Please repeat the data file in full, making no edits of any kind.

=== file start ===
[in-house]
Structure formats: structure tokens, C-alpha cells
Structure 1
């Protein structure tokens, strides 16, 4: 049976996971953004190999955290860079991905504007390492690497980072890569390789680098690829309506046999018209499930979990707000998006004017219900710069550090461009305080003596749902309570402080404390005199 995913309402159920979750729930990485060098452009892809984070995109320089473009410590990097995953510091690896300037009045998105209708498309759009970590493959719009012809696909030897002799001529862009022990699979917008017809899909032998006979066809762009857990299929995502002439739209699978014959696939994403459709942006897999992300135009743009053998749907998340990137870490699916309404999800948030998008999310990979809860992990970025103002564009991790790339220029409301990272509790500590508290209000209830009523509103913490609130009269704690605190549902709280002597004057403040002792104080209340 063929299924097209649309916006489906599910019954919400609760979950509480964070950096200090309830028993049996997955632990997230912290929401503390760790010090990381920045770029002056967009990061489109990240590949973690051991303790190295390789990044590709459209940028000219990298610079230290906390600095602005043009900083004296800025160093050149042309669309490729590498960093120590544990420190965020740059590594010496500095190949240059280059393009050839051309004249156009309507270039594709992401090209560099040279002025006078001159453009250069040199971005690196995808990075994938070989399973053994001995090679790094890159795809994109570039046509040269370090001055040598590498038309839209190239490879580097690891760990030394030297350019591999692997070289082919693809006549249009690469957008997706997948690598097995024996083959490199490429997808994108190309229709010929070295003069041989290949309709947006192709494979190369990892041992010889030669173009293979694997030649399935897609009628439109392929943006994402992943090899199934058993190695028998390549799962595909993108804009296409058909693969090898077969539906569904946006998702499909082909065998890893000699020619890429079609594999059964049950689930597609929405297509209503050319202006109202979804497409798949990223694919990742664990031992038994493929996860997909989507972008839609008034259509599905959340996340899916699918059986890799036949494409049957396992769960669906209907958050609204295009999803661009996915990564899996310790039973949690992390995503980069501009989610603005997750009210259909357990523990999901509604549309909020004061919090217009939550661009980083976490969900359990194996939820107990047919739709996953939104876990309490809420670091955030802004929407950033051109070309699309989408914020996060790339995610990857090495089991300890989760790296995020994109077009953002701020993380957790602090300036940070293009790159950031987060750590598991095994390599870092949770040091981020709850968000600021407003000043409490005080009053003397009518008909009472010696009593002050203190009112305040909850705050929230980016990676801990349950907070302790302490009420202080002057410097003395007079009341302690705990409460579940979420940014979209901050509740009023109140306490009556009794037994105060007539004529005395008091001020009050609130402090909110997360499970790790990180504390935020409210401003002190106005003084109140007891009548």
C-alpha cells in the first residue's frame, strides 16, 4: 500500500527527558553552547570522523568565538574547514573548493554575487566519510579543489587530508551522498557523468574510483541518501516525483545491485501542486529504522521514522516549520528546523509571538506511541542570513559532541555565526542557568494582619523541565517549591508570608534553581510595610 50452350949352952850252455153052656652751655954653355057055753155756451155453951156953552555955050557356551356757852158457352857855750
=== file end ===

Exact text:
[in-house]
Structure formats: structure tokens, C-alpha cells
Structure 1
């Protein structure tokens, strides 16, 4: 049976996971953004190999955290860079991905504007390492690497980072890569390789680098690829309506046999018209499930979990707000998006004017219900710069550090461009305080003596749902309570402080404390005199 995913309402159920979750729930990485060098452009892809984070995109320089473009410590990097995953510091690896300037009045998105209708498309759009970590493959719009012809696909030897002799001529862009022990699979917008017809899909032998006979066809762009857990299929995502002439739209699978014959696939994403459709942006897999992300135009743009053998749907998340990137870490699916309404999800948030998008999310990979809860992990970025103002564009991790790339220029409301990272509790500590508290209000209830009523509103913490609130009269704690605190549902709280002597004057403040002792104080209340 063929299924097209649309916006489906599910019954919400609760979950509480964070950096200090309830028993049996997955632990997230912290929401503390760790010090990381920045770029002056967009990061489109990240590949973690051991303790190295390789990044590709459209940028000219990298610079230290906390600095602005043009900083004296800025160093050149042309669309490729590498960093120590544990420190965020740059590594010496500095190949240059280059393009050839051309004249156009309507270039594709992401090209560099040279002025006078001159453009250069040199971005690196995808990075994938070989399973053994001995090679790094890159795809994109570039046509040269370090001055040598590498038309839209190239490879580097690891760990030394030297350019591999692997070289082919693809006549249009690469957008997706997948690598097995024996083959490199490429997808994108190309229709010929070295003069041989290949309709947006192709494979190369990892041992010889030669173009293979694997030649399935897609009628439109392929943006994402992943090899199934058993190695028998390549799962595909993108804009296409058909693969090898077969539906569904946006998702499909082909065998890893000699020619890429079609594999059964049950689930597609929405297509209503050319202006109202979804497409798949990223694919990742664990031992038994493929996860997909989507972008839609008034259509599905959340996340899916699918059986890799036949494409049957396992769960669906209907958050609204295009999803661009996915990564899996310790039973949690992390995503980069501009989610603005997750009210259909357990523990999901509604549309909020004061919090217009939550661009980083976490969900359990194996939820107990047919739709996953939104876990309490809420670091955030802004929407950033051109070309699309989408914020996060790339995610990857090495089991300890989760790296995020994109077009953002701020993380957790602090300036940070293009790159950031987060750590598991095994390599870092949770040091981020709850968000600021407003000043409490005080009053003397009518008909009472010696009593002050203190009112305040909850705050929230980016990676801990349950907070302790302490009420202080002057410097003395007079009341302690705990409460579940979420940014979209901050509740009023109140306490009556009794037994105060007539004529005395008091001020009050609130402090909110997360499970790790990180504390935020409210401003002190106005003084109140007891009548």
C-alpha cells in the first residue's frame, strides 16, 4: 500500500527527558553552547570522523568565538574547514573548493554575487566519510579543489587530508551522498557523468574510483541518501516525483545491485501542486529504522521514522516549520528546523509571538506511541542570513559532541555565526542557568494582619523541565517549591508570608534553581510595610 50452350949352952850252455153052656652751655954653355057055753155756451155453951156953552555955050557356551356757852158457352857855750